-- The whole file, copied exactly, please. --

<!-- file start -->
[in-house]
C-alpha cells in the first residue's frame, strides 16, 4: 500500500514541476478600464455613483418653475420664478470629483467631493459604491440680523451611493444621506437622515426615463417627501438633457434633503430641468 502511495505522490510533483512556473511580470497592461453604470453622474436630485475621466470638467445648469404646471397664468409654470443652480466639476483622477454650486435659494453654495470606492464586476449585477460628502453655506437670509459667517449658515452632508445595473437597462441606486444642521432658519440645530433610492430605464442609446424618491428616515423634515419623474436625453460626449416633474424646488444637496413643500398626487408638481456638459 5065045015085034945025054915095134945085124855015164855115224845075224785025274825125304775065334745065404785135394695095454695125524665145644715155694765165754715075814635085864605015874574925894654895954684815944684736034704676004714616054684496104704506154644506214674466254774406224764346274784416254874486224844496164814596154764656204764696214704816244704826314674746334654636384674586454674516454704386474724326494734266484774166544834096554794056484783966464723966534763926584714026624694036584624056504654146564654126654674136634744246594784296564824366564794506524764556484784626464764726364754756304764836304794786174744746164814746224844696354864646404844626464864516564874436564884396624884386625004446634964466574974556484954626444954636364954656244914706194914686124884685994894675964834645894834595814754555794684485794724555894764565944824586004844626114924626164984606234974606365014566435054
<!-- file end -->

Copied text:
[in-house]
C-alpha cells in the first residue's frame, strides 16, 4: 500500500514541476478600464455613483418653475420664478470629483467631493459604491440680523451611493444621506437622515426615463417627501438633457434633503430641468 502511495505522490510533483512556473511580470497592461453604470453622474436630485475621466470638467445648469404646471397664468409654470443652480466639476483622477454650486435659494453654495470606492464586476449585477460628502453655506437670509459667517449658515452632508445595473437597462441606486444642521432658519440645530433610492430605464442609446424618491428616515423634515419623474436625453460626449416633474424646488444637496413643500398626487408638481456638459 5065045015085034945025054915095134945085124855015164855115224845075224785025274825125304775065334745065404785135394695095454695125524665145644715155694765165754715075814635085864605015874574925894654895954684815944684736034704676004714616054684496104704506154644506214674466254774406224764346274784416254874486224844496164814596154764656204764696214704816244704826314674746334654636384674586454674516454704386474724326494734266484774166544834096554794056484783966464723966534763926584714026624694036584624056504654146564654126654674136634744246594784296564824366564794506524764556484784626464764726364754756304764836304794786174744746164814746224844696354864646404844626464864516564874436564884396624884386625004446634964466574974556484954626444954636364954656244914706194914686124884685994894675964834645894834595814754555794684485794724555894764565944824586004844626114924626164984606234974606365014566435054